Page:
Note Some phones, while allowing recording, make no facility for downloading these recordings to any other format or location, so if you need to archive or transfer to any other device or medium then check your phone's facilities, and the complete lifecycle from recording to delivery, before using it for any important recording!
When to reach for your phone
Have you ever left a message on an answering machine? Probably. How about the same message on several people's machines simultaneously? Less likely. Or maybe an off-the-cuff message or recording posted to the ether for the edification of whoever fancies listening to it, based on the title and tags you choose for it? Maybe not. But this is effectively what mobile phone recording with immediate online collaborative sharing can allow you to do.
If you think of a phone recording as being like an answering machine message or audio memo, but with no specific recipient yet selected, you can begin to imagine the real world applications:
Of course the simplest method of leaving someone an audio message is to call their number and speak to their answering machine. This is a pretty familiar and well tested procedure for most people. Sometimes though, you might want to review your message before sending it out, or not wish to call a number which might be answered when the intention was just to leave a message!
Several phones offer the facility to record a voice message, which you can then review, and approve or re-record, and send via MMS or sometimes email.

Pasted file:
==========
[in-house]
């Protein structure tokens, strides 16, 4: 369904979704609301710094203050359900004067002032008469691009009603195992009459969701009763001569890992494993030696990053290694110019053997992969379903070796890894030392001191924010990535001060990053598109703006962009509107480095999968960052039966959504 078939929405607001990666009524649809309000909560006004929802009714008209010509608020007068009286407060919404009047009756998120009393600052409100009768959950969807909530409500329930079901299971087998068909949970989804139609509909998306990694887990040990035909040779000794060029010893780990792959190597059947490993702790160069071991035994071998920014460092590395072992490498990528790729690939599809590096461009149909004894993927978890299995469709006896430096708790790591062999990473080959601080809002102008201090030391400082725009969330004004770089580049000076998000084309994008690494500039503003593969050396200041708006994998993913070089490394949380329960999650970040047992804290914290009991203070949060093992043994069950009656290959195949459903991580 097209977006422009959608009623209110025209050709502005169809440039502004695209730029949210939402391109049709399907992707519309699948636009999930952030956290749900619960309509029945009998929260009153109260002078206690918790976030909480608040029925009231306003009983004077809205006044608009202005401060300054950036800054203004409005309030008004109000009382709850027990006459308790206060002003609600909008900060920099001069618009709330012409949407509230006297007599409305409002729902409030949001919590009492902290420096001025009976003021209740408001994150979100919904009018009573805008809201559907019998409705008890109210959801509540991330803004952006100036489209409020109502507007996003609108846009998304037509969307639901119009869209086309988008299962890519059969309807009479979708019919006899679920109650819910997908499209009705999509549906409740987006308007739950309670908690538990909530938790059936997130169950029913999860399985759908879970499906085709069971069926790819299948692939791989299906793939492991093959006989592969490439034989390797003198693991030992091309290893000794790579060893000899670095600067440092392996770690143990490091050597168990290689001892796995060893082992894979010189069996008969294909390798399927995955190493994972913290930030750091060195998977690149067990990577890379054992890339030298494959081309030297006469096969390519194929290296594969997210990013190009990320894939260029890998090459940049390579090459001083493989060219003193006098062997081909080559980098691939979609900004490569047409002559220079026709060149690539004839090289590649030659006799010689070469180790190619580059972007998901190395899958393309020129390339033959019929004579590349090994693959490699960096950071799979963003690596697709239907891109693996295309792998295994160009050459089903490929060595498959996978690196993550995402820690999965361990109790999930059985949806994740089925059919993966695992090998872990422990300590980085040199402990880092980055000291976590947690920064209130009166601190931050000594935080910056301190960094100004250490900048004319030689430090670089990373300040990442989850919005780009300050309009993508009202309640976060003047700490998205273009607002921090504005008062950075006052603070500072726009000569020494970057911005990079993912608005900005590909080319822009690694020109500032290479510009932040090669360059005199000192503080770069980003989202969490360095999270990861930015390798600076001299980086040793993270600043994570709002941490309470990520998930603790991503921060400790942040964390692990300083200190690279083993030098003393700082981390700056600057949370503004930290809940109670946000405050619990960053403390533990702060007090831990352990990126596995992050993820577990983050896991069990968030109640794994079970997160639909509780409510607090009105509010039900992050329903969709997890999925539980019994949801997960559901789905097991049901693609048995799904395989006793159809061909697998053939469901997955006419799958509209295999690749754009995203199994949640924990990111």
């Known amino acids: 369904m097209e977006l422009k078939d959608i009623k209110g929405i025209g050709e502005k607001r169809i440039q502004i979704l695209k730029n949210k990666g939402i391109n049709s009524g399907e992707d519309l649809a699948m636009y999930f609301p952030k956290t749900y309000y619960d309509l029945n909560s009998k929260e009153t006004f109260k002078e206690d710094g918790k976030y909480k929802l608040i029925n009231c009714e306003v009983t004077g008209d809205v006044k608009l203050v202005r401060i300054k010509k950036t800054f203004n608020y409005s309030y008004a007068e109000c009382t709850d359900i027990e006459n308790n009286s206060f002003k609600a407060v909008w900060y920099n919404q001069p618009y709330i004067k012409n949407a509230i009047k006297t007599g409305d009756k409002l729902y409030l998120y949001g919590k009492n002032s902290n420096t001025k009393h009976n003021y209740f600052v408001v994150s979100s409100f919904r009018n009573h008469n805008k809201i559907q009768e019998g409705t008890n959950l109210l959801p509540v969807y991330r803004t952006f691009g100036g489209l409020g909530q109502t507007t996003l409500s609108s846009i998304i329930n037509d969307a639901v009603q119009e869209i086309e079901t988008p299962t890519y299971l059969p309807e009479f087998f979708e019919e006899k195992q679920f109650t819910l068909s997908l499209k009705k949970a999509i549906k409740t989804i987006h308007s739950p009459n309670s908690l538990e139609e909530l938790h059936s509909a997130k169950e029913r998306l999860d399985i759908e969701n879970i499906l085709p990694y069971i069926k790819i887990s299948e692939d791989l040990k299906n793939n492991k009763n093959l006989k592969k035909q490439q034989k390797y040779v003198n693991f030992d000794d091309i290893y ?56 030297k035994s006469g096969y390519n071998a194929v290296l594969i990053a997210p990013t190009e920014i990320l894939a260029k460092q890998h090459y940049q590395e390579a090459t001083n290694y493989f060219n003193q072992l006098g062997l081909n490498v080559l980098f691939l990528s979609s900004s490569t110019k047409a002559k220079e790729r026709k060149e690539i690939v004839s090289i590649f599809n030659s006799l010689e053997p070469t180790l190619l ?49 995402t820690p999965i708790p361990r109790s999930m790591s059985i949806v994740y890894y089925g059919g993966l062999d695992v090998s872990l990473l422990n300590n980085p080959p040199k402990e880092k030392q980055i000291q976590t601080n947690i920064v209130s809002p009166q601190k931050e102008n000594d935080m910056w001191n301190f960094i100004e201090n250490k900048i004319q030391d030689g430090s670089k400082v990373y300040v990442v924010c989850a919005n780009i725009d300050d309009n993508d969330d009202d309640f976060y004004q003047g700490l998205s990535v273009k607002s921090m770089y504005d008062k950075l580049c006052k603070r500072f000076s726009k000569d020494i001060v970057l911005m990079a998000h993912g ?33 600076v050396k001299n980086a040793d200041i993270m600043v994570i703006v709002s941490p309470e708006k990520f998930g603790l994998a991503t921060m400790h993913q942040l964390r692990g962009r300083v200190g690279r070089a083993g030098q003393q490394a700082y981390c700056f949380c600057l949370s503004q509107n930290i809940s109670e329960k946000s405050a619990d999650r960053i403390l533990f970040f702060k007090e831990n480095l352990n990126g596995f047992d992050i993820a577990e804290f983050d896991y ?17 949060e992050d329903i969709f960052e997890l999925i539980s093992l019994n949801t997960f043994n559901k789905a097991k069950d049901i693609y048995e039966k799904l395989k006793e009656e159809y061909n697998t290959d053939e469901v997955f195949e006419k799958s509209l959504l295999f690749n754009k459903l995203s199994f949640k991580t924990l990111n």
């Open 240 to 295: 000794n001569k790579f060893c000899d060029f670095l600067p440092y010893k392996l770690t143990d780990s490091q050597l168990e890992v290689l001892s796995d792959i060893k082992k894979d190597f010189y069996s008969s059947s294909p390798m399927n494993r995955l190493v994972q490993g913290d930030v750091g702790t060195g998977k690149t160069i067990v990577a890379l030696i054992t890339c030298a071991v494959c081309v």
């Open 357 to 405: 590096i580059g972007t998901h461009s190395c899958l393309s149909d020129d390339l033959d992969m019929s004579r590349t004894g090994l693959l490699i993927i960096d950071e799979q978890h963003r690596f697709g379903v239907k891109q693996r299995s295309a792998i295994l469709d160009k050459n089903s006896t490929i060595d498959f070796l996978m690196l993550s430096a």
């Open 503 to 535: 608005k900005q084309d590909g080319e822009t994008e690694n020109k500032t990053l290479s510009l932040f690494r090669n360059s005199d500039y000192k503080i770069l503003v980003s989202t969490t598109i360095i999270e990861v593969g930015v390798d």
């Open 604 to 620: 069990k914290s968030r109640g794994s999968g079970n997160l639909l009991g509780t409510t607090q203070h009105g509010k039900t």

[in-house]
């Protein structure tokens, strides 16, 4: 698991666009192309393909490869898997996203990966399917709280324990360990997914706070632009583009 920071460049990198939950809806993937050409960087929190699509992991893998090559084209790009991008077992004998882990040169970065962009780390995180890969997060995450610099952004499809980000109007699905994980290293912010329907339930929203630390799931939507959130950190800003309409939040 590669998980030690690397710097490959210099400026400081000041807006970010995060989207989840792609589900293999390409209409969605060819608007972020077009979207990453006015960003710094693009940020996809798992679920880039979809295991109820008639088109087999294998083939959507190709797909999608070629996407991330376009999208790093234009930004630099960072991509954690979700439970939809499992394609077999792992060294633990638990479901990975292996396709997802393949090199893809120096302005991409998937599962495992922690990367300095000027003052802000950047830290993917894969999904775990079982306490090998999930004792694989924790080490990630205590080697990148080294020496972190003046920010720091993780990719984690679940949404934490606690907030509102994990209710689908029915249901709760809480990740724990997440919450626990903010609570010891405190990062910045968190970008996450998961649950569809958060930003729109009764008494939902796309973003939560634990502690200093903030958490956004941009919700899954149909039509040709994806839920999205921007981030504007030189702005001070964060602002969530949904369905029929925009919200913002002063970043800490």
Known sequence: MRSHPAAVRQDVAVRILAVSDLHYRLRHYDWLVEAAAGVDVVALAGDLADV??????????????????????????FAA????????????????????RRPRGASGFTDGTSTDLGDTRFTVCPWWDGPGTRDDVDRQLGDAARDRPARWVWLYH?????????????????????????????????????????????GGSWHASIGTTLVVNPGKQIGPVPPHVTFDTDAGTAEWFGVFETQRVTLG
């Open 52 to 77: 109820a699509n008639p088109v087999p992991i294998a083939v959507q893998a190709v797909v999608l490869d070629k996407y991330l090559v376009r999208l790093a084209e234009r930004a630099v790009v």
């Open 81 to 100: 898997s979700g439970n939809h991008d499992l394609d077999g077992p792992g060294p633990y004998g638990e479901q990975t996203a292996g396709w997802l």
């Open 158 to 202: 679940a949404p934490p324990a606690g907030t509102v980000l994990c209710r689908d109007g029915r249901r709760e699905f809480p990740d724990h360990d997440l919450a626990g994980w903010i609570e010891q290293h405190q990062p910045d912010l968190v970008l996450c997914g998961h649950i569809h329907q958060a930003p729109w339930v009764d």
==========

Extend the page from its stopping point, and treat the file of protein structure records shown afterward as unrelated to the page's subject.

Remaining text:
Notes to self
As well as leaving messages for other people, you can of course also remind your future self of thoughts, tasks and ideas which may otherwise slip your mind. Recording voice memos is a very intuitive way of capturing what is in your mind without needing to structure and formalise it into written text, and also can convey emotions which are difficult to express through the written word without resorting to smiley faces.
As an example, I discovered that an old phone of mine allowed me to ring my own number, but because I was on the phone (naturally) I was redirected to my own answer machine, where I could record a message, and then pick it up later. There was no facility for downloading this recording (or not that I ever discovered anyway) but it was an invaluable tool for recording quick voice memos when nothing else was available. I used it to remember musical ideas which I knew I would forget otherwise, and occasionally notes-to-self - remember Mother's Day, buy milk etc. Quality was less than ideal, but the information was intact, which was the goal.
I now have several dedicated audio recording applications, on a phone with far higher recording quality, but the principle is the same, though the process is, if anything, a little less intuitive.
Location recording - quick and dirty
Sometimes it can be useful to have an audio record of a meeting or conversation for review and research purposes. Recordings on phones will almost always be monophonic, and reliant on the quality of the built-in microphone, but if this is sufficient for your needs then positioning your phone to pick up your desired source can allow you to capture a rough recording.